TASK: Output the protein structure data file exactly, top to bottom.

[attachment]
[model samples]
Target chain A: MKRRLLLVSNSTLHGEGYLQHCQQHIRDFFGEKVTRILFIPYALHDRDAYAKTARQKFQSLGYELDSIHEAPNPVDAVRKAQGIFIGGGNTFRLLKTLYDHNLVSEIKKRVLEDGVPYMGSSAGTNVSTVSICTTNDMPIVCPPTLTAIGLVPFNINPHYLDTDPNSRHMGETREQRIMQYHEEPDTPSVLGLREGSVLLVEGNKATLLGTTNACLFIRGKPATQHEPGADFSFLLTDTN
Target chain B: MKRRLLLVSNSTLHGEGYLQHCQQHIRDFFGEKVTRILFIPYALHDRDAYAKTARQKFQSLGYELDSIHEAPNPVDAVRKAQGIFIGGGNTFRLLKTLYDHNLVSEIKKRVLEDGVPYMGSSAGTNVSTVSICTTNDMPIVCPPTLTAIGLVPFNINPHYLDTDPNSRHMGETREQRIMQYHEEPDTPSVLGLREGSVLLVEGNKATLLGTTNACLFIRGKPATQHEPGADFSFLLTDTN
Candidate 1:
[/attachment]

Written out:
[model samples]
Target chain A: MKRRLLLVSNSTLHGEGYLQHCQQHIRDFFGEKVTRILFIPYALHDRDAYAKTARQKFQSLGYELDSIHEAPNPVDAVRKAQGIFIGGGNTFRLLKTLYDHNLVSEIKKRVLEDGVPYMGSSAGTNVSTVSICTTNDMPIVCPPTLTAIGLVPFNINPHYLDTDPNSRHMGETREQRIMQYHEEPDTPSVLGLREGSVLLVEGNKATLLGTTNACLFIRGKPATQHEPGADFSFLLTDTN
Target chain B: MKRRLLLVSNSTLHGEGYLQHCQQHIRDFFGEKVTRILFIPYALHDRDAYAKTARQKFQSLGYELDSIHEAPNPVDAVRKAQGIFIGGGNTFRLLKTLYDHNLVSEIKKRVLEDGVPYMGSSAGTNVSTVSICTTNDMPIVCPPTLTAIGLVPFNINPHYLDTDPNSRHMGETREQRIMQYHEEPDTPSVLGLREGSVLLVEGNKATLLGTTNACLFIRGKPATQHEPGADFSFLLTDTN
Candidate 1: